Down the centuries the British Isles has always been seen by invaders as a legitimate target for exploitation. This novella concerns the last few weeks of Anglo-Saxon occupation, ending on the 14th of October, 1066.
In Autumn 1066, author Jack Eason gives a great sense of ‘place’, of detail. The reader is right ‘there’ in that poignant year, marching, shivering with September cold (as ‘…no warming fires were allowed lest ‘enemy spies would soon spot their approach.’)
From the very first few lines, Eason, practising his unique drycraft, begins to weave his particular brand of magic on his reader. Eason glamour’s with well-crafted dialogue, drawing his reader into the time and into the action. To accomplish this, the author proffers a gentle blend of informative nomenclature coupled with familiar speech, to ease the reader into his story without distancing with words too unfamiliar, which is a criticism frequently made of Bernard Cornwell’s epics.
I long to read more
I am a huge fan of British history and Mr Eason has done a terrific job of sharing the history surrounding the defeat of the last of the Anglo Saxon kings and the start of the Norman period of rule in an interesting and entertaining way.
The book starts with King Harold’s men marching to do battle with Harald, the Norwegian King, who had arrived in Scotland ready to do battle for the English crown. Harald is aware that William of Normandy is also preparing for battle against him. The descriptions of the terrible circumstances of the Anglo-Saxon Fyrd are detailed and fascinating. I wondered how the soldiers were able to fight after spending days marching in such miserably cold conditions.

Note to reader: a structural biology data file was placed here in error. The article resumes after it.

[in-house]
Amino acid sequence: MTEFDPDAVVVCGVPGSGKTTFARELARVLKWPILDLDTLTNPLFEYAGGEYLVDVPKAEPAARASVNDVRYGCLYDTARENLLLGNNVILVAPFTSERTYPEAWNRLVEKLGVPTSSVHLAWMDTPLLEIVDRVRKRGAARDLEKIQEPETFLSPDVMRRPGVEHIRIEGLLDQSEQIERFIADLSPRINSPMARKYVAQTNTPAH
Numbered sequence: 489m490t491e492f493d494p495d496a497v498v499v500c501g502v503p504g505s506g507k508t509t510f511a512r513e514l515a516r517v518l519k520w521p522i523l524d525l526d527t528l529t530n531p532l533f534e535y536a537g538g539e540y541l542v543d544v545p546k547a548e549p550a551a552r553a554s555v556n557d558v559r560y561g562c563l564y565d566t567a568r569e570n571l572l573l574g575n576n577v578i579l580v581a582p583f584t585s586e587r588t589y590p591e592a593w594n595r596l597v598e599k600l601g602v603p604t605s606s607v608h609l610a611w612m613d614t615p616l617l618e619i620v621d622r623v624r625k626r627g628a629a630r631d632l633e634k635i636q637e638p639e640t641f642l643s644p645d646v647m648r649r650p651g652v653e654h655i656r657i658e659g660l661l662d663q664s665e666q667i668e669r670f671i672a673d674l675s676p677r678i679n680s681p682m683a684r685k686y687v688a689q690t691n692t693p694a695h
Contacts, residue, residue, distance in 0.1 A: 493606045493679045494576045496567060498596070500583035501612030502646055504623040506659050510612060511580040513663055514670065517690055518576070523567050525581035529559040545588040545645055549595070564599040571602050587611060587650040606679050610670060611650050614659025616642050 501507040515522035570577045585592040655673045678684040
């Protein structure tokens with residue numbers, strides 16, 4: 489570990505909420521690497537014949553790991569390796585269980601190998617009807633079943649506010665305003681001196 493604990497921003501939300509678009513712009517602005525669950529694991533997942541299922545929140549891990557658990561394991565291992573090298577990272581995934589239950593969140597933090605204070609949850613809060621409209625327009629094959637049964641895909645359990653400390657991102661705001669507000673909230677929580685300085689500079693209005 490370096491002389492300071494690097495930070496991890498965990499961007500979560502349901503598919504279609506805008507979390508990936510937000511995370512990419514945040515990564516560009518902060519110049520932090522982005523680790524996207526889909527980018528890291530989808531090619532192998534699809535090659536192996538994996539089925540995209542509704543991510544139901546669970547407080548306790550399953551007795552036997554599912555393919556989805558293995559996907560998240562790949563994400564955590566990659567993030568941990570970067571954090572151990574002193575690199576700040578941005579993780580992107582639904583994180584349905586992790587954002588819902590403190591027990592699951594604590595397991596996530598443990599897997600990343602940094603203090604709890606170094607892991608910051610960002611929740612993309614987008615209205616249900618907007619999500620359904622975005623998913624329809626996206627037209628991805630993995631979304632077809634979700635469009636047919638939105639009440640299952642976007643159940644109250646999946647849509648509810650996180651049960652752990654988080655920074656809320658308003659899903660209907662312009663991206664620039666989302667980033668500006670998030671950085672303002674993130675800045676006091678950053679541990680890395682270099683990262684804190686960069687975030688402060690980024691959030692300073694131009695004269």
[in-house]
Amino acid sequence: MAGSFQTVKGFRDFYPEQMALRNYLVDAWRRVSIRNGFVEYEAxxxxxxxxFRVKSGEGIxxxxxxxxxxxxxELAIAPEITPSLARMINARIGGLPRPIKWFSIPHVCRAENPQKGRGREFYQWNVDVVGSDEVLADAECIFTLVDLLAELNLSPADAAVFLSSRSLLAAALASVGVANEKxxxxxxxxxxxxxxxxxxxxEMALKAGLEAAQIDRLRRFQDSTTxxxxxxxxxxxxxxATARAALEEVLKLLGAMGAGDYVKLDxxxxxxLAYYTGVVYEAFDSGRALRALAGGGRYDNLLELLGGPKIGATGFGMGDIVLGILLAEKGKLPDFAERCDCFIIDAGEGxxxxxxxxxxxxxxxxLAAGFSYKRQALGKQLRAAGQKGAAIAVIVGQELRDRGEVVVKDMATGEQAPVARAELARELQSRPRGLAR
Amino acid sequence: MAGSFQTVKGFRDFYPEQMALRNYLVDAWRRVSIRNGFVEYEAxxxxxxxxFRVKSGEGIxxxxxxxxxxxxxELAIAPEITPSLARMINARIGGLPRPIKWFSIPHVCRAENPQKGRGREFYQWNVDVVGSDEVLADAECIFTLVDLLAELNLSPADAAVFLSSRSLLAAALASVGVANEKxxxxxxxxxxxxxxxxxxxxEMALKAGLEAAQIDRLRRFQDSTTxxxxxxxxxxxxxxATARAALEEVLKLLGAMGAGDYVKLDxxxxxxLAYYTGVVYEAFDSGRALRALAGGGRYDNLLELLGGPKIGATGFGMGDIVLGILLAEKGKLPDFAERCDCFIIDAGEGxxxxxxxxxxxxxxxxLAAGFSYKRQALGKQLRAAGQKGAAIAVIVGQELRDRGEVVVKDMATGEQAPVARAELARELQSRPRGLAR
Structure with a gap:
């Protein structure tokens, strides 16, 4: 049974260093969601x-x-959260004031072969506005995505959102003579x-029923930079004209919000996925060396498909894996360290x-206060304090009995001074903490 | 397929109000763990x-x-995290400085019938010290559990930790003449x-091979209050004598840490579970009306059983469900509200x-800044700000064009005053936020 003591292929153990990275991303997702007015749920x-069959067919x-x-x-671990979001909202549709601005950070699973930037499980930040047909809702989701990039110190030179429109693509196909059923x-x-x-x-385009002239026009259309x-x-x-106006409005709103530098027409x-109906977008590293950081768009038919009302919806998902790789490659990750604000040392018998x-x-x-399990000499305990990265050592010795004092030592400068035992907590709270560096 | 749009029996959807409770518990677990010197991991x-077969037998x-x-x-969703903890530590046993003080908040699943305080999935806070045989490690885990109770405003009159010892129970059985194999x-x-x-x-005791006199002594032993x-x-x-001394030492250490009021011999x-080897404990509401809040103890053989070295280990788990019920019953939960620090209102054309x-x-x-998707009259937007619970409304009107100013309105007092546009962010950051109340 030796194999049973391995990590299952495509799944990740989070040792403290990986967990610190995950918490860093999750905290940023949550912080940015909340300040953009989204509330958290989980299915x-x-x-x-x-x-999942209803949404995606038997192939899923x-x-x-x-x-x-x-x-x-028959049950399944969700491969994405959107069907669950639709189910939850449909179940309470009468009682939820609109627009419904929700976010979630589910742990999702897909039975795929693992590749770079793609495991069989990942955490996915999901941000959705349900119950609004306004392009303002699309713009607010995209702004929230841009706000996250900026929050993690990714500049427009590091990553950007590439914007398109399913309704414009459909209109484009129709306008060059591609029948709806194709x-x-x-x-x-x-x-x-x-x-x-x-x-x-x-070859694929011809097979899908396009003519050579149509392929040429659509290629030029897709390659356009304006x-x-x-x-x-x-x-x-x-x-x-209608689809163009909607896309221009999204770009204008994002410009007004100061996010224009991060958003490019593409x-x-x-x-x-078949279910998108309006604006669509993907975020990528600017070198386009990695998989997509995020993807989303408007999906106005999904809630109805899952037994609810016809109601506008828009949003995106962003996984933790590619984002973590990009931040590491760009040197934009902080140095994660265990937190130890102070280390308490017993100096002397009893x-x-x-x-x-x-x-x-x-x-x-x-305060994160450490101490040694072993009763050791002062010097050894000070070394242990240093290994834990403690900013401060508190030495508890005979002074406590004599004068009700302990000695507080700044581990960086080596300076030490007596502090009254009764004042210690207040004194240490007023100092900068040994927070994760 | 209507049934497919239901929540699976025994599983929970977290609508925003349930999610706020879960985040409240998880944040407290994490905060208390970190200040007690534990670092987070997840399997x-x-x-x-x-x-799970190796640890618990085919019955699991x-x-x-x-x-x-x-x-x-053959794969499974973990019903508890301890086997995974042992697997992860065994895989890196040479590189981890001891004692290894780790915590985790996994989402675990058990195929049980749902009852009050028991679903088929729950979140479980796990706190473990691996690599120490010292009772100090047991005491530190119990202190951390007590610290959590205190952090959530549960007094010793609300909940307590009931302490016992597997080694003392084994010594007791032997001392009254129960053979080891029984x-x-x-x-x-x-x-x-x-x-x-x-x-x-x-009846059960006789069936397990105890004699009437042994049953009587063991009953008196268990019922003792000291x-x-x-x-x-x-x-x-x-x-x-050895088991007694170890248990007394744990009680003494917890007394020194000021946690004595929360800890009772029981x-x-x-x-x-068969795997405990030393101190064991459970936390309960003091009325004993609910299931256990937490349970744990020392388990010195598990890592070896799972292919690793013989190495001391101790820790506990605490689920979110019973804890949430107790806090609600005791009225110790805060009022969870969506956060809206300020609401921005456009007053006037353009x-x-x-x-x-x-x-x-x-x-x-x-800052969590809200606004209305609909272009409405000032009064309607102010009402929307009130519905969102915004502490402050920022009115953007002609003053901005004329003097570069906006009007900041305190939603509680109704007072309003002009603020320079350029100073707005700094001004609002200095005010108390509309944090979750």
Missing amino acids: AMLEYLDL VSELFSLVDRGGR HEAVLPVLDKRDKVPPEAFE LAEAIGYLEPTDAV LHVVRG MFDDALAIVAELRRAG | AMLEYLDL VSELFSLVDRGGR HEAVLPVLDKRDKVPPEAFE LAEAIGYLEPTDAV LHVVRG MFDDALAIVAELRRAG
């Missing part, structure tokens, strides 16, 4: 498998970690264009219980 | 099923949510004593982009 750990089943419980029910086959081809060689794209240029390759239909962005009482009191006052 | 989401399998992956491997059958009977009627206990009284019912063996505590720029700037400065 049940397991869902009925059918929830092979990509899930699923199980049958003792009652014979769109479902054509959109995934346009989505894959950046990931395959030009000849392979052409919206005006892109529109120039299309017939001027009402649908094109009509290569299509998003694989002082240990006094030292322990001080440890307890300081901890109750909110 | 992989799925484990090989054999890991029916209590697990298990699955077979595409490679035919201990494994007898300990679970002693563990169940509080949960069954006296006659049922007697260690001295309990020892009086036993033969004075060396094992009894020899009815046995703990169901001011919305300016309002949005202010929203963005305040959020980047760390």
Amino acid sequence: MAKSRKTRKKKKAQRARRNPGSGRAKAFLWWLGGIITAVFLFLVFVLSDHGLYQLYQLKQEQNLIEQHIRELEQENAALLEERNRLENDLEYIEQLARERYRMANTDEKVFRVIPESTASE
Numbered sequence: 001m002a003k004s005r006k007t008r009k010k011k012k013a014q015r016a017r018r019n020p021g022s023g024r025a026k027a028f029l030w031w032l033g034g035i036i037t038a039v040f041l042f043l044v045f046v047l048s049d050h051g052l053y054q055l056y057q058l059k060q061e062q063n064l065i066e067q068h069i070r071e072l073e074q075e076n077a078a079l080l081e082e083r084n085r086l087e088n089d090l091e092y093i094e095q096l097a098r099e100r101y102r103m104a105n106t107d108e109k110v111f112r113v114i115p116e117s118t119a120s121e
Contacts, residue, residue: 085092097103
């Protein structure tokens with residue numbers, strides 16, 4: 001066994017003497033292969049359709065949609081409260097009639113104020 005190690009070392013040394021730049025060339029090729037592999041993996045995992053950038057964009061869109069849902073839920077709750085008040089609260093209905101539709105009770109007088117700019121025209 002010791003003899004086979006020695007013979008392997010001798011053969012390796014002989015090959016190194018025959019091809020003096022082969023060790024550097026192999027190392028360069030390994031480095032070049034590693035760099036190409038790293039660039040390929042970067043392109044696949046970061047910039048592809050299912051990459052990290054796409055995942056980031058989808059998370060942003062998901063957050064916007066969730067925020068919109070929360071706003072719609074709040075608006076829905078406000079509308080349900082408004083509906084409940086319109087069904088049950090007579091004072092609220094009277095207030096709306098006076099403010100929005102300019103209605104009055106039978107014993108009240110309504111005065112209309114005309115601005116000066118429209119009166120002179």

This book is well researched and highlights the politics and uncertainties of the day. It is reminiscent of Shakespeare’s works with its allegiances, intrigues and collaborations between friends and foes. I must admit it made me rethink my own anxieties which don’t extend to having a new king thrust upon me following a disastrous battle. The cruelty and harshness of punishments are eye opening and shocking and Mr Eason has included the good, the bad and the ugly of battle during this time.
I highly recommend this novella to people who are interested in history or just a jolly good battle and its consequences.
Purchase Autumn 1066
Visitors by WJ Scott
Twelve-year-old Brody, and his kid brother, are sent to stay with their reclusive Aunt Sally, when their mom falls seriously ill. But, they soon discover things are not as they appear, and a strange phenomenon is happening in the small retro town.
What mystery is Tucker’s Mountain hiding?
Unsure of who or what they can trust, the boys embark on a hunt for answers that reveals more than they bargained for.
Visitors is an intriguing short read about two small boys who are sent to live with their aunt in a small town in the USA. Brody, the older boy, aged twelve, is aware that his mother is very ill, possibly dying. He feels responsible for looking after his younger brother, Tom. The boys haven’t seen their aunt for a few years, but when she collect them from the airport, Brody immediately notices how youthful she looks. As they drive through the small town that is near Aunt Sally’s small holding, he also noticed that the cars and certain other features of the town are old fashioned and are from the 1950s. His aunt gives him a glib excuse for this but it makes him curious. Other strange occurrences and odd restrictions on the boys freedoms make their presence known and the two boys set out to determine what is going on in this strange town.
This is a well written tale with a happy and fulfilling ending which I would recommend to readers of family dramas with an interesting twist which makes this a sci-fi book.